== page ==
Affordable Wildlife Photography
Most of the time you'll need a long lens to get good wildlife pictures.
A top quality telephoto lens is expensive,
but a new breed of digital camera, fitted with 12x, 24x, and even 50x "superzoom" lenses, is making
wildlife photography much more affordable.
Of course you might occasionally be lucky and find a pride of lions or a leopard close enough to the road to
use a standard lens (50mm) or short telephoto (80mm).
Generally though, wild animals are not that obliging. Your subject, say a group of zebra, could be 500m away.
Looking through a good pair of binoculars, you can focus on each animal and clearly see the difference in stripe patterns and other fascinating details.
You want a record of this, so you grab your camera and take a couple of shots.
In the African bush, under a blue sky, and with the binocular view still in your mind, you don't even notice that the zebra only fill part of the frame and are not well positioned.
Only later, when your photographs are processed, is it obvious that the group was too far away to make a good picture.
It's a record, but not what you saw through the binoculars and what you remember, so you'll likely be
If, instead of using a 35mm - 80mm zoom lens, you'd had a tele lens of around 300mm, you could have captured a close-up
of the zebra's head with the natural bush providing a pleasing, out-of-focus background.
But a good 300mm lens, with a maximum aperture of F/4, is not cheap.
A Canon lens of these specs, with image stabilisation, costs around $1,200.
An alternative is a 70mm - 300mm zoom, but here you will usually have a maximum aperture of F/5.6.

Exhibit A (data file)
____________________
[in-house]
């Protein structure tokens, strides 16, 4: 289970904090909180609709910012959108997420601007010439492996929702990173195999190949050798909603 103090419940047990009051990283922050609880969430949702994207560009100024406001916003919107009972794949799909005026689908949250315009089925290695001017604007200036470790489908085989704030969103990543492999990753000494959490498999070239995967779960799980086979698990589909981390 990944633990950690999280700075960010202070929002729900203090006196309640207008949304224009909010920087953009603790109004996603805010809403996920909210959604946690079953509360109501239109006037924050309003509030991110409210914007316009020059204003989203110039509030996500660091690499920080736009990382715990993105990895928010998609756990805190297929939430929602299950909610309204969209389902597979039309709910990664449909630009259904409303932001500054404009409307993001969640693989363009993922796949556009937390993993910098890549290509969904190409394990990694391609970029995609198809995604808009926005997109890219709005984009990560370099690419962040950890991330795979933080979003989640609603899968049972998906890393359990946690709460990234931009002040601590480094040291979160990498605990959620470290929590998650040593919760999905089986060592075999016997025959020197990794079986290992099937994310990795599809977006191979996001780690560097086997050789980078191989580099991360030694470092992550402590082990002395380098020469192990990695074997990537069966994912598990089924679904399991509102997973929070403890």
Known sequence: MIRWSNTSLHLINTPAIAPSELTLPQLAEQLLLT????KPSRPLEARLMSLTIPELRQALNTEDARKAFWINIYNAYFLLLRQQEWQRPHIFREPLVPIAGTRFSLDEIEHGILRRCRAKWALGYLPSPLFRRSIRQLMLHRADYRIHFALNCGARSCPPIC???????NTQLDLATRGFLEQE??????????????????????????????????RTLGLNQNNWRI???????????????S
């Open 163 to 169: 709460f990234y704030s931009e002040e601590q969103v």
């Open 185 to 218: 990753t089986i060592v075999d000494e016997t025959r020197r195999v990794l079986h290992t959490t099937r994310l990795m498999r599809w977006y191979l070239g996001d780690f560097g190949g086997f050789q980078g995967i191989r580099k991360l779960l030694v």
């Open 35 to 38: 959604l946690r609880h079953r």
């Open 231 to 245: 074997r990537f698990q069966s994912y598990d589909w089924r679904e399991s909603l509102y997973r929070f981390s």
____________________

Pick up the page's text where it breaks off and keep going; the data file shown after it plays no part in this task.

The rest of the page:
This means shooting at a slower shutter speed and a greater chance of blurred pictures from camera shake.
Bear in mind also that these lenses, combined with your 35mm camera body, are fairly heavy and bulky.
A very satisfactory but underrated alternative to this traditional set-up is a digital camera with a powerful zoom lens.
Before upgrading to Canon digital SLR equipment, I used an Olympus C-2100 UZ digital camera. It's only a 2.1
megapixel camera, but has an excellent x10 zoom lens.
This equates to a 38 - 380mm lens, plus it is image-stabilised, so allows hand-holding at
slower shutter speeds.
Below is a picture of a baboon taken in the Kruger National Park. It's been reduced from 1600 x 1200 pixels to 400 x 300,
but otherwise unretouched. The shutter speed was 1/320, aperture F/3.2 and the lens was zoomed to 317mm.
Here's a crop of the same picture, shown actual size.
There are a number of digicams available today with 24x or more zoom lenses, which at their maximum zoom
range will give you about the magnification you'd get with a 600mm (or more) lens on a normal 35mm camera.
The advantages of these cameras are:
- Big zoom range, allowing wide-angle scenic pictures, yet powerful enough to zoom in on more distant subjects. The Canon PowerShot SX50 HS, for example, has an extraordinary 50x zoom lens,
giving you the 35mm equivalent of a 24 - 1200mm lens!
- Wide maximum aperture - usually around F/3.5 - that allows shooting in lower light at a shutter speed that minimises camera shake.
- Affordable - you don't need to hock your belongings to buy one, as might be the case if you bought a 400mm F/4 lens
(Canon's 400mm F/4 image-stabilised lens with Diffractive Optics will set you back about $5,000!).
Although Olympus originally provided the widest choice in this category of digital camera,
many other manufacturers now offer similar models, proving just how popular these cameras have become.
New models appear so frequently that it's difficult to keep up to date. See these articles for more info on superzoom cameras:
Wildlife Cameras - the Super-Zoom Option
Top Superzoom Cameras for Wildlife.
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